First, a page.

Nike, Starbucks: Climate Change Policy is ‘Economic Opportunity’
Climate change policy is an economic opportunity, says Anne Kelly, director of Ceres’ Business for Innovative Climate & Energy Policy (BICEP) coalition, which organized the campaign. The companies involved say they’re taking steps to reduce CO2 emissions — and these sustainability measures are helping their businesses — and Washington should act, too.
The Climate Declaration signatories include: Adidas Group, Annie’s, Aspen Snowmass, Ben & Jerry’s, CA Technologies, Clif Bar & Company, eBay, Eileen Fisher, EMC Corporation, Ikea, Intel, Jones Lang LaSalle, KB Home, L’Oréal, Levi Strauss & Co., Limited Brands, Nestle, New Belgium Brewing Company, New Chapter, Nike, Organic Valley, Outdoor Industry Association, Patagonia, the Portland Trail Blazers, Seventh Generation, Starbucks, Stonyfield Farm, Swiss Re, Symantec, The North Face, Timberland, Unilever and United Natural Foods Inc.
Together, the signatories provide approximately 475,000 US jobs and generate a combined annual revenue of approximately $450 billion, Ceres says.
Extreme weather events like last summers drought and hurricane Sandy have affected several of the signatories and exposed the US’ economic vulnerability to climate change, the companies say.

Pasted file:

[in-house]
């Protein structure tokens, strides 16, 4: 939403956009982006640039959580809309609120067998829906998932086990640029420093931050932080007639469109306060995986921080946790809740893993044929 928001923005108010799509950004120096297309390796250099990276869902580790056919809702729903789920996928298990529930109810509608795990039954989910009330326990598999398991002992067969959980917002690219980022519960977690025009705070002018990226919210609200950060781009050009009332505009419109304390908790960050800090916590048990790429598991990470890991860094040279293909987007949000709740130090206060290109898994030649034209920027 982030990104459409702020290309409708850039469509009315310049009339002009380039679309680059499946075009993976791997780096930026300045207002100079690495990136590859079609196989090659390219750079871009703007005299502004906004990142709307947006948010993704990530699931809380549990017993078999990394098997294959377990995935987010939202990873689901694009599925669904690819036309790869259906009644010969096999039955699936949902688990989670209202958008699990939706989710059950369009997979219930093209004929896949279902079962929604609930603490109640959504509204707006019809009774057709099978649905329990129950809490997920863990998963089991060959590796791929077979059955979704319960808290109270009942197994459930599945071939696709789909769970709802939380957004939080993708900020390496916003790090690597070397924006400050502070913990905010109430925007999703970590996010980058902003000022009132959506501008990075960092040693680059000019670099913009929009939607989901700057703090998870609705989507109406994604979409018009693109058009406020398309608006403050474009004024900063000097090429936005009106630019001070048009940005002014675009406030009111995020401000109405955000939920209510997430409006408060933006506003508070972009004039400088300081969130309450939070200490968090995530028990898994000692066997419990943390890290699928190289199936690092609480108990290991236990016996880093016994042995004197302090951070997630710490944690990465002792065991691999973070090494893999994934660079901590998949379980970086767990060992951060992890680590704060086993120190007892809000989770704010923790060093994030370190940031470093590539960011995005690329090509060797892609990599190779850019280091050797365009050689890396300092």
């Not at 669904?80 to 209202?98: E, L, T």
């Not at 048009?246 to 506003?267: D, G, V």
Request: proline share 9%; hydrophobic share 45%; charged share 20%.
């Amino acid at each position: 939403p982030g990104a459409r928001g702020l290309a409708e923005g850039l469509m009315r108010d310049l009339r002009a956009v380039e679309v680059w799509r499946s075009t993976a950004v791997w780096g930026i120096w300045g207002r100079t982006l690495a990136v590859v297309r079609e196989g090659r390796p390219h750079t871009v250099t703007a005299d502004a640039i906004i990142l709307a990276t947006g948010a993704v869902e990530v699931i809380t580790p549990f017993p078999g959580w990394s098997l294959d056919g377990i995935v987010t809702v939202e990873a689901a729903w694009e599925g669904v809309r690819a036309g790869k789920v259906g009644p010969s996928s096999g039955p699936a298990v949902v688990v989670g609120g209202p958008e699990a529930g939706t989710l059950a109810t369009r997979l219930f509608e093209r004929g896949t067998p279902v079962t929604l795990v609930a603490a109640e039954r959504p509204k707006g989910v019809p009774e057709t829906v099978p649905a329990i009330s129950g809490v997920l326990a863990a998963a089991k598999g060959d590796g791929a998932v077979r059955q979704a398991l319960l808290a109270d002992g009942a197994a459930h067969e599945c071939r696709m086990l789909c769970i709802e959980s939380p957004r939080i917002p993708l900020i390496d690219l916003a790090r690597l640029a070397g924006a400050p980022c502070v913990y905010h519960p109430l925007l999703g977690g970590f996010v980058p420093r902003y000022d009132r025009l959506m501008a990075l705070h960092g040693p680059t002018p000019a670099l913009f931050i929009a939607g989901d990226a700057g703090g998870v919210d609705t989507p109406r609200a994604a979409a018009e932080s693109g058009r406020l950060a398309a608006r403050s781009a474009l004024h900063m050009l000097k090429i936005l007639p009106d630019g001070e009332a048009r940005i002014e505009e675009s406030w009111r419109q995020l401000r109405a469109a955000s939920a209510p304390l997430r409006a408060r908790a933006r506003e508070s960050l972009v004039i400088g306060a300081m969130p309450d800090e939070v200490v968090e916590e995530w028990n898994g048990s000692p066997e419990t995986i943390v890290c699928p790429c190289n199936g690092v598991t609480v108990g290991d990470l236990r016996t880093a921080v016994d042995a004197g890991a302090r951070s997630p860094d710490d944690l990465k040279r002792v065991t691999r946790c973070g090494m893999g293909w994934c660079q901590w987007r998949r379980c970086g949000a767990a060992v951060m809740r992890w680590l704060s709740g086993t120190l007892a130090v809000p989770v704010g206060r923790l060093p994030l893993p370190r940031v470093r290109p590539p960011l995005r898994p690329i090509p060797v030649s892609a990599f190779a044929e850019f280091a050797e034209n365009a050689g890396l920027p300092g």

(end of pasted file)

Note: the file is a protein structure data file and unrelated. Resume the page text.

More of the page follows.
BICEP members have supported several climate-driven policies, including automotive fuel efficiency standards signed into law in 2012 and the extension of the wind power tax credit.
The Climate Declaration comes on the heels of President Obama’s renewed commitment to combat climate change and a study from Ceres, Calvert Investments and WWF indicating that a strong majority of Fortune 100 companies have set renewable energy or greenhouse gas reduction goals.
Polls conducted by Gallup and Yale University, respectively, indicate that a majority of Americans believe climate change is happening and that corporations, as well as government officials, should be doing more to address the issue.
Posted by Simon Clegg